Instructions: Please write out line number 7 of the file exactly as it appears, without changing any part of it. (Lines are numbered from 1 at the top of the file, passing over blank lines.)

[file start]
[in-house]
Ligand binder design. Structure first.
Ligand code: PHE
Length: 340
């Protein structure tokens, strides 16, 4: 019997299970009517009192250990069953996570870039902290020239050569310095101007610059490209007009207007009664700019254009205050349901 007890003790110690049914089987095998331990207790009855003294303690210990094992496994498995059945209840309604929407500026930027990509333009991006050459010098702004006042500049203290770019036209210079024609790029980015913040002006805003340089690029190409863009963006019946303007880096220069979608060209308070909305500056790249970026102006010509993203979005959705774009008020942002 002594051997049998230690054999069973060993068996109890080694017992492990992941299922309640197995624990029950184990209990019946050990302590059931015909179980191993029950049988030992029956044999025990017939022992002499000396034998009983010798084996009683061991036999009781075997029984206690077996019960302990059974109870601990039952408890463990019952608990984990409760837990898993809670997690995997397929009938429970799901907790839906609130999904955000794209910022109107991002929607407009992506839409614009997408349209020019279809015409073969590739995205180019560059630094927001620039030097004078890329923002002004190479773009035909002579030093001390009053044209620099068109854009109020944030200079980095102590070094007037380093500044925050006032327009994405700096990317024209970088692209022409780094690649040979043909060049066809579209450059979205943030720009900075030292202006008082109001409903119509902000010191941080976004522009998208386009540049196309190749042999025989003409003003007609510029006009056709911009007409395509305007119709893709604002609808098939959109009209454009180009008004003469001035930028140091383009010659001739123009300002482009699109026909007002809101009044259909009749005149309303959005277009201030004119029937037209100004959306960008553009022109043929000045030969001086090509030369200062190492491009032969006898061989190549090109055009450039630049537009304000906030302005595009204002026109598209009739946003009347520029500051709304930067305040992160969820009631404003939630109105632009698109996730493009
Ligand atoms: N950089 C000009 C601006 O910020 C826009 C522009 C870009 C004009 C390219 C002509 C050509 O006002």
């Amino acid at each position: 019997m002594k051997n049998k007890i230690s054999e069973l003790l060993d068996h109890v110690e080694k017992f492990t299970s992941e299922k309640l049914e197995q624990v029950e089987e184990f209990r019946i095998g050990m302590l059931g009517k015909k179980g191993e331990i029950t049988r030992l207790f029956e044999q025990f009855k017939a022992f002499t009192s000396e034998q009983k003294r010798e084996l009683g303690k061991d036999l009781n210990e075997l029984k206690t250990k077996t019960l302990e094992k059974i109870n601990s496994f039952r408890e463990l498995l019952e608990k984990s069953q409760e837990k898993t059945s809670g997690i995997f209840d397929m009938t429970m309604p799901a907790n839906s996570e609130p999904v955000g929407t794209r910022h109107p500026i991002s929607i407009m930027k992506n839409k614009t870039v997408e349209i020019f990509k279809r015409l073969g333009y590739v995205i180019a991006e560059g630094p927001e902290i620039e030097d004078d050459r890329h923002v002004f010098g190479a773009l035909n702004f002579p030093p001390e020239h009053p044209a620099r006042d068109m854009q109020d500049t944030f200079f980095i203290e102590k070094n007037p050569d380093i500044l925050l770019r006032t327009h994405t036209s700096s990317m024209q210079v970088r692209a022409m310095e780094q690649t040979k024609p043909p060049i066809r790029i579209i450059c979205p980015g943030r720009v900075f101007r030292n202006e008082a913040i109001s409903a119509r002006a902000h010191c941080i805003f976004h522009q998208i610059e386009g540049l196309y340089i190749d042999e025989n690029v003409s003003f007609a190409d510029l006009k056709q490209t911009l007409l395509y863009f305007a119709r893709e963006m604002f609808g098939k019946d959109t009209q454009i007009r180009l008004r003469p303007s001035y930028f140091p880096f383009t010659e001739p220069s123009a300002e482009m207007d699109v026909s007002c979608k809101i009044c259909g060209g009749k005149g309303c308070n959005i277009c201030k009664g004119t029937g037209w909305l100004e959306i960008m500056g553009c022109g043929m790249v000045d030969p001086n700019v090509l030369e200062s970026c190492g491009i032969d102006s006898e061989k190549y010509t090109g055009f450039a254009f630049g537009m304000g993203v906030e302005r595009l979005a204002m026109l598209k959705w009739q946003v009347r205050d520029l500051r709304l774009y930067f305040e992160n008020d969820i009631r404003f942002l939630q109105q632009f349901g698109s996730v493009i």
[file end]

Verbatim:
């Amino acid at each position: 019997m002594k051997n049998k007890i230690s054999e069973l003790l060993d068996h109890v110690e080694k017992f492990t299970s992941e299922k309640l049914e197995q624990v029950e089987e184990f209990r019946i095998g050990m302590l059931g009517k015909k179980g191993e331990i029950t049988r030992l207790f029956e044999q025990f009855k017939a022992f002499t009192s000396e034998q009983k003294r010798e084996l009683g303690k061991d036999l009781n210990e075997l029984k206690t250990k077996t019960l302990e094992k059974i109870n601990s496994f039952r408890e463990l498995l019952e608990k984990s069953q409760e837990k898993t059945s809670g997690i995997f209840d397929m009938t429970m309604p799901a907790n839906s996570e609130p999904v955000g929407t794209r910022h109107p500026i991002s929607i407009m930027k992506n839409k614009t870039v997408e349209i020019f990509k279809r015409l073969g333009y590739v995205i180019a991006e560059g630094p927001e902290i620039e030097d004078d050459r890329h923002v002004f010098g190479a773009l035909n702004f002579p030093p001390e020239h009053p044209a620099r006042d068109m854009q109020d500049t944030f200079f980095i203290e102590k070094n007037p050569d380093i500044l925050l770019r006032t327009h994405t036209s700096s990317m024209q210079v970088r692209a022409m310095e780094q690649t040979k024609p043909p060049i066809r790029i579209i450059c979205p980015g943030r720009v900075f101007r030292n202006e008082a913040i109001s409903a119509r002006a902000h010191c941080i805003f976004h522009q998208i610059e386009g540049l196309y340089i190749d042999e025989n690029v003409s003003f007609a190409d510029l006009k056709q490209t911009l007409l395509y863009f305007a119709r893709e963006m604002f609808g098939k019946d959109t009209q454009i007009r180009l008004r003469p303007s001035y930028f140091p880096f383009t010659e001739p220069s123009a300002e482009m207007d699109v026909s007002c979608k809101i009044c259909g060209g009749k005149g309303c308070n959005i277009c201030k009664g004119t029937g037209w909305l100004e959306i960008m500056g553009c022109g043929m790249v000045d030969p001086n700019v090509l030369e200062s970026c190492g491009i032969d102006s006898e061989k190549y010509t090109g055009f450039a254009f630049g537009m304000g993203v906030e302005r595009l979005a204002m026109l598209k959705w009739q946003v009347r205050d520029l500051r709304l774009y930067f305040e992160n008020d969820i009631r404003f942002l939630q109105q632009f349901g698109s996730v493009i």